Scientists Have Assessed The Possibility Of Life In The Salt Brines Of Mars
American scientists have modeled the conditions that could exist in liquid salt brines on the Martian surface and concluded that the presence of life inside is questionable, according to the publication in the Nature Astronomy.
Because of the low temperatures and humidity, the presence of water on Mars is impossible, but salt brines that retain, at certain concentrations, a liquid state even at very low temperatures, may well exist on the surface of the red planet. At certain temperatures and humidity, salts on the planet's surface can begin to absorb water from the atmosphere, forming a salty liquid. Earlier, cameras recorded the formation of salt solution drops on the hot rack of the Phoenix lander.
American scientists have modeled conditions on Mars to understand whether life can exist in these brines and whether there is a risk of contamination of Martian samples with microorganisms brought from Earth.
"Our team studied specific regions on Mars where liquid water temperatures could allow known terrestrial organisms to reproduce," one of the study's authors, Dr. Alejandro Soto of the Southwest Research Institute, said in a press release. We used climate information from both atmospheric models and spacecraft measurements. Our model predicts where, when, and for how long brines will be stable on the surface and at a shallow depth below the surface of Mars."
"We have been conducting experiments at the University of Arkansas for many years to study the types of reactions that occur in the conditions of Mars. Based on laboratory data, we can predict what is happening on the surface of the planet," explains one of the authors of the study, Dr. Vincent Chevrier from the University of Arkansas.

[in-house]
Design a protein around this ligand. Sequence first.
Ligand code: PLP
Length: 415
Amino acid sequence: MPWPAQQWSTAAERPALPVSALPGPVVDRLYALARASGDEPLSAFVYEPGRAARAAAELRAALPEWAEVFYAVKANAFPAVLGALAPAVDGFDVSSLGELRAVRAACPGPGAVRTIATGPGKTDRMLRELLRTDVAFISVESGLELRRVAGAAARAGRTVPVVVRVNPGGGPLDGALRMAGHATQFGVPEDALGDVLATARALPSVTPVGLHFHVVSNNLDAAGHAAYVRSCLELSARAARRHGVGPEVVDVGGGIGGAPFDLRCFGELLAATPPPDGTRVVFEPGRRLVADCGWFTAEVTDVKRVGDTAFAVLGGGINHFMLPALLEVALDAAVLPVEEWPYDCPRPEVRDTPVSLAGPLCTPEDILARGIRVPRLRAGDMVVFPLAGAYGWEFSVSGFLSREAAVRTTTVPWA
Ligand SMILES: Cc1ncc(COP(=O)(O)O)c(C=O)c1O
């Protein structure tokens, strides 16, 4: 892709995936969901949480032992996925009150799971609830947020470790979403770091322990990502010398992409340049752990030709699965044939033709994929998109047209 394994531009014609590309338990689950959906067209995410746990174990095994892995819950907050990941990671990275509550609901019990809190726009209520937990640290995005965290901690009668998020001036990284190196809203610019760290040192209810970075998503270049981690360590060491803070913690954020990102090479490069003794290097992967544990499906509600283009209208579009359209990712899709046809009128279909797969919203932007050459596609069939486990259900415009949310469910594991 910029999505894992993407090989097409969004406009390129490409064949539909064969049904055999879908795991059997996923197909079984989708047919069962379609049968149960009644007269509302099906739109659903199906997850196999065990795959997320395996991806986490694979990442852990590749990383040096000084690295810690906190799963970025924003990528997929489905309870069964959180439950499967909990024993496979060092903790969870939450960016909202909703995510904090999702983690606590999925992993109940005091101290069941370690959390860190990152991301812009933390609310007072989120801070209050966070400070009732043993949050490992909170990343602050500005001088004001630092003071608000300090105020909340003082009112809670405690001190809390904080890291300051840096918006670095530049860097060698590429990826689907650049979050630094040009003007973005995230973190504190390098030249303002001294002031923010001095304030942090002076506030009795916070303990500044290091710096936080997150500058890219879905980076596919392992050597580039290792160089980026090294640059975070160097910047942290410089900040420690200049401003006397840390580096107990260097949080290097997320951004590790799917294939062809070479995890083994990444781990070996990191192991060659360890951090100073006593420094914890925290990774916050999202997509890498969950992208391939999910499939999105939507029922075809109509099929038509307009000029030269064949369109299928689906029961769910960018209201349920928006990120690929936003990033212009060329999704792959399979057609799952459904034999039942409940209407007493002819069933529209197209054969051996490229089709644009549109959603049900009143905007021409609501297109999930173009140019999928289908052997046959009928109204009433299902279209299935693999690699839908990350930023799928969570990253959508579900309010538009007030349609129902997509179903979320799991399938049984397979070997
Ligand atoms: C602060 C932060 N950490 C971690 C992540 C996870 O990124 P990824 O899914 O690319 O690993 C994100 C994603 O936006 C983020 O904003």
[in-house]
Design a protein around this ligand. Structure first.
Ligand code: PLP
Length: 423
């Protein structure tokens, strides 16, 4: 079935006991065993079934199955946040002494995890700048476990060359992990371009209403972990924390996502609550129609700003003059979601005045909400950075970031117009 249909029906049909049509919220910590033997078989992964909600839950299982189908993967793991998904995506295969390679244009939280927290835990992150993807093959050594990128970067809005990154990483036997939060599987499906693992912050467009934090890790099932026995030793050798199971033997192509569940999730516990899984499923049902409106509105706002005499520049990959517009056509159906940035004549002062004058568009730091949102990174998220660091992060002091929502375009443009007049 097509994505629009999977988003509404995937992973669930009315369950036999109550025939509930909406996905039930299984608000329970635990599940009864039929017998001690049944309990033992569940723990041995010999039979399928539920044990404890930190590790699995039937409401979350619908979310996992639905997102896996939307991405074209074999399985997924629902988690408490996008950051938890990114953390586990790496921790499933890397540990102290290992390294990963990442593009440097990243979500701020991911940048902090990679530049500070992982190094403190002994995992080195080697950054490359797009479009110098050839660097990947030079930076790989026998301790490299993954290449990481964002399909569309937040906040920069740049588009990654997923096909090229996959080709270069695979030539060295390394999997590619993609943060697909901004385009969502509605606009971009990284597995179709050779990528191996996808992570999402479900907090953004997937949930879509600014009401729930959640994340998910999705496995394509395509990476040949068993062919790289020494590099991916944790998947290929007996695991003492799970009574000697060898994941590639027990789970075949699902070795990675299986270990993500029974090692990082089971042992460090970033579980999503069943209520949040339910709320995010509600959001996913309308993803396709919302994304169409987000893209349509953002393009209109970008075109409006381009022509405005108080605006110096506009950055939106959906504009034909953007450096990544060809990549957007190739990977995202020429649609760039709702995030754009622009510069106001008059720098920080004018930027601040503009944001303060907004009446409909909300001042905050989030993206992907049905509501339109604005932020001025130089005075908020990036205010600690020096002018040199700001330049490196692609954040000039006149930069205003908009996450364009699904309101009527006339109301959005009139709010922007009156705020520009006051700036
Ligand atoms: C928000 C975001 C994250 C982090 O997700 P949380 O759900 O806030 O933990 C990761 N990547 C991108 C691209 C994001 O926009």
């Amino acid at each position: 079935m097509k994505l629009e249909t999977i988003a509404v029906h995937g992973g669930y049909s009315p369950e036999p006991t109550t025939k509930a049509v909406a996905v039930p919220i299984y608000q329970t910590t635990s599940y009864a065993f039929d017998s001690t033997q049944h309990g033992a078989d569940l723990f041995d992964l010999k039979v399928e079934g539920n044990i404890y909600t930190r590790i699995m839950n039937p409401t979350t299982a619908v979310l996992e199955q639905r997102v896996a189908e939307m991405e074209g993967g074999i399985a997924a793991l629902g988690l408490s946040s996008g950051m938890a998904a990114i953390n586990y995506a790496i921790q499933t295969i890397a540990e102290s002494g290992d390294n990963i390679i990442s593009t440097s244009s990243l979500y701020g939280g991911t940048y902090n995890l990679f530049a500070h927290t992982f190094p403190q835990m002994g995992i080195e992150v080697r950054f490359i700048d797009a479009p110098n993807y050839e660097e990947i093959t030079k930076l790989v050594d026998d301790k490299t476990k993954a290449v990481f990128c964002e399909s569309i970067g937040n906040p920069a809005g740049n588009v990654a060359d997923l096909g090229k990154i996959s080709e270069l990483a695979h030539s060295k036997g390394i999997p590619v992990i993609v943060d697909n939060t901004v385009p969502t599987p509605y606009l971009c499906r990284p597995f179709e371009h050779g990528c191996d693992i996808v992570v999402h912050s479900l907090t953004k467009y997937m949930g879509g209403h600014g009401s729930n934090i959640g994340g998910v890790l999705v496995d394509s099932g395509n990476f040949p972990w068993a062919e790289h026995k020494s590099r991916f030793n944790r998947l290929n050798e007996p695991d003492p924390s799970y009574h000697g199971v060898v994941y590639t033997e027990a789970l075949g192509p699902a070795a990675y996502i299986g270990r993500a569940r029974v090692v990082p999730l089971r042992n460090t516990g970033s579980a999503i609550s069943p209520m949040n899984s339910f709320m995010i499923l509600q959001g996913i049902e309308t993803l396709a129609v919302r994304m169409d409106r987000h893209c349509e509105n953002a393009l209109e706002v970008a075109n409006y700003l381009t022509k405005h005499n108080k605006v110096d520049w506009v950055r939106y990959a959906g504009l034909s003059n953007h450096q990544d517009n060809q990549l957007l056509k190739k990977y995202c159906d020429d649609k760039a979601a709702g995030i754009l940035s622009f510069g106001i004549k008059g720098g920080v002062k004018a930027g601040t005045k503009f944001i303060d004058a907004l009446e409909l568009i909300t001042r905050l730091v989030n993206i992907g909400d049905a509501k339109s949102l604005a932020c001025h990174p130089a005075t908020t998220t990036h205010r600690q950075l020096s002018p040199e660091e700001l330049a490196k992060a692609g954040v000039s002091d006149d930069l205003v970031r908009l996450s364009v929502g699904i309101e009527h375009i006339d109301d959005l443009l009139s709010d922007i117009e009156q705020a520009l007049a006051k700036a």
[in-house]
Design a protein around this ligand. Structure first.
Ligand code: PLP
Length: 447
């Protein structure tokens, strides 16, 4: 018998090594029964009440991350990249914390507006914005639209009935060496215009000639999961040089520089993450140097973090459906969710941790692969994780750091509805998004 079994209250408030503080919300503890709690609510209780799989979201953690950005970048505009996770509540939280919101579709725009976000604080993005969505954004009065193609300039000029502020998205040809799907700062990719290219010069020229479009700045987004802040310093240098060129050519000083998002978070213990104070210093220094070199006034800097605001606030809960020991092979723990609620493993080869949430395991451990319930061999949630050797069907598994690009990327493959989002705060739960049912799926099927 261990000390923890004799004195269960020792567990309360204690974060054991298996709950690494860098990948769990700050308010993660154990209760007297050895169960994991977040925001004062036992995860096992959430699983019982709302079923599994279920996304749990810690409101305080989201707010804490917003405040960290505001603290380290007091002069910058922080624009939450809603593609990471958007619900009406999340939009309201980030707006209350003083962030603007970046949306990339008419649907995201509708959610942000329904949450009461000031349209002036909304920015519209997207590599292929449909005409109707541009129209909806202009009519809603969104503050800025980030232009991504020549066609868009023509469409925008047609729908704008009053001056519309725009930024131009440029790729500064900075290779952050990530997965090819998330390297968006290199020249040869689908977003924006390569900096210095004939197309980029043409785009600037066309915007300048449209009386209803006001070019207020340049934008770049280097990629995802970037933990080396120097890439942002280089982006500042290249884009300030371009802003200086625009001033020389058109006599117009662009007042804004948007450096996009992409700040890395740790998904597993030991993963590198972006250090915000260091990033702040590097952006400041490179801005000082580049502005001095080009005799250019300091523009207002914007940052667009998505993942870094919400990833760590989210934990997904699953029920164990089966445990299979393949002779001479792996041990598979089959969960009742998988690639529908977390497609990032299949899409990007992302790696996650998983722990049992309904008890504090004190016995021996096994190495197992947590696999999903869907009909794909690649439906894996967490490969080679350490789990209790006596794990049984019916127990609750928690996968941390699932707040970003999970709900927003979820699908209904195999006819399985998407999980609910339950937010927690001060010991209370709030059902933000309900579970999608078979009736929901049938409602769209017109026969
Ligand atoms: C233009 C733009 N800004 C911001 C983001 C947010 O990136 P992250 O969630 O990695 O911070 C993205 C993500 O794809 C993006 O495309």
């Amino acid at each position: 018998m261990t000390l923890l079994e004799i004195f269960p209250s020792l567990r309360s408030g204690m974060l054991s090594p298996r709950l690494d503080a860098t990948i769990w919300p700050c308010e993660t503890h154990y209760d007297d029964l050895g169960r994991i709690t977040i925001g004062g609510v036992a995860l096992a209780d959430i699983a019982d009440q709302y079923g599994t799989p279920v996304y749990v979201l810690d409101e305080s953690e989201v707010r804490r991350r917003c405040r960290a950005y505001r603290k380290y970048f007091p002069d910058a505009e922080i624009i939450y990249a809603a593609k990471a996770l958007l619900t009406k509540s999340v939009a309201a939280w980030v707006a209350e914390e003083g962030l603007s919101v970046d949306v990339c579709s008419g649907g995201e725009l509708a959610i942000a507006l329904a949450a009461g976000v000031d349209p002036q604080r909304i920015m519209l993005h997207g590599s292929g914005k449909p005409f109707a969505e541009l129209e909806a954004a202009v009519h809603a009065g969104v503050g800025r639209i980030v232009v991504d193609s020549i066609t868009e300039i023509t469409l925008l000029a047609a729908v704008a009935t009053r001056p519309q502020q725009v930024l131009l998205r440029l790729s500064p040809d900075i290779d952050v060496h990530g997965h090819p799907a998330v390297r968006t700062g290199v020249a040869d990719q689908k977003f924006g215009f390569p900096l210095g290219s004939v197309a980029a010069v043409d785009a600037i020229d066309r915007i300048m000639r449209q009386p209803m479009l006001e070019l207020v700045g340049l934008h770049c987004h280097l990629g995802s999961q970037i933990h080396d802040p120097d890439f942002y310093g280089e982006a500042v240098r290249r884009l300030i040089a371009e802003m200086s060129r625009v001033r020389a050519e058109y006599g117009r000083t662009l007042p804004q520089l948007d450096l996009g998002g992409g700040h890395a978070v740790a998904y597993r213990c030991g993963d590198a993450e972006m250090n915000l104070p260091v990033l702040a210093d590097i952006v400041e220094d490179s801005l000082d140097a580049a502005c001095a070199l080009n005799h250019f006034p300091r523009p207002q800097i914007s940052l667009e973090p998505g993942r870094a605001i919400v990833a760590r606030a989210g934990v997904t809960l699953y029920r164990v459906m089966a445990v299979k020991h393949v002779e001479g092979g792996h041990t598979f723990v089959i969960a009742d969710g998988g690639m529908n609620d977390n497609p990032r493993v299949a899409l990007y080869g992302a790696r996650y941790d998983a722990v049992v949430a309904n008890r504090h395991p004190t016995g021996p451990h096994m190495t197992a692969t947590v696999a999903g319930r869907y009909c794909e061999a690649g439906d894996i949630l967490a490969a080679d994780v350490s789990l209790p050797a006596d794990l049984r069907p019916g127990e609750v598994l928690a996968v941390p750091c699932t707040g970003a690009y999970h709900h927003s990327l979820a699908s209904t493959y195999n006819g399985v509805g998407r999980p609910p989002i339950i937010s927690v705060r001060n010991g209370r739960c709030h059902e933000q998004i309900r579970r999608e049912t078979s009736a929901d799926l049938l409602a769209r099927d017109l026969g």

The simulation results showed that the maximum possible temperature of liquid brines in the super-dry conditions of Mars is about minus 48 degrees Celsius. Such temperatures are possible only on 40 percent of the surface of Mars, but only during very short seasonal intervals, which make up about two percent of the Martian year and no more than six hours in a row. In the depths of the Martian soil, at a depth of up to eight centimeters, liquid salt brines can exist a little longer, during 10 percent of the Martian year.
Despite that this range is much wider than previously thought, even the most extreme representatives of terrestrial microorganisms can not survive at such low temperatures.
"This excludes life in the form in which we know it," notes Soto. "We have shown that on a planetary scale, the surface of Mars and the shallow interior is not suitable for terrestrial organisms since liquids can only be formed thereat rare moments of time," concludes the first author of the article, Dr. Edgar Rivera-Valentin from the lunar and planetary Institute (LPI) of the United States.
Scientists believe that there is no fear that future missions to Mars will bring terrestrial microorganisms there.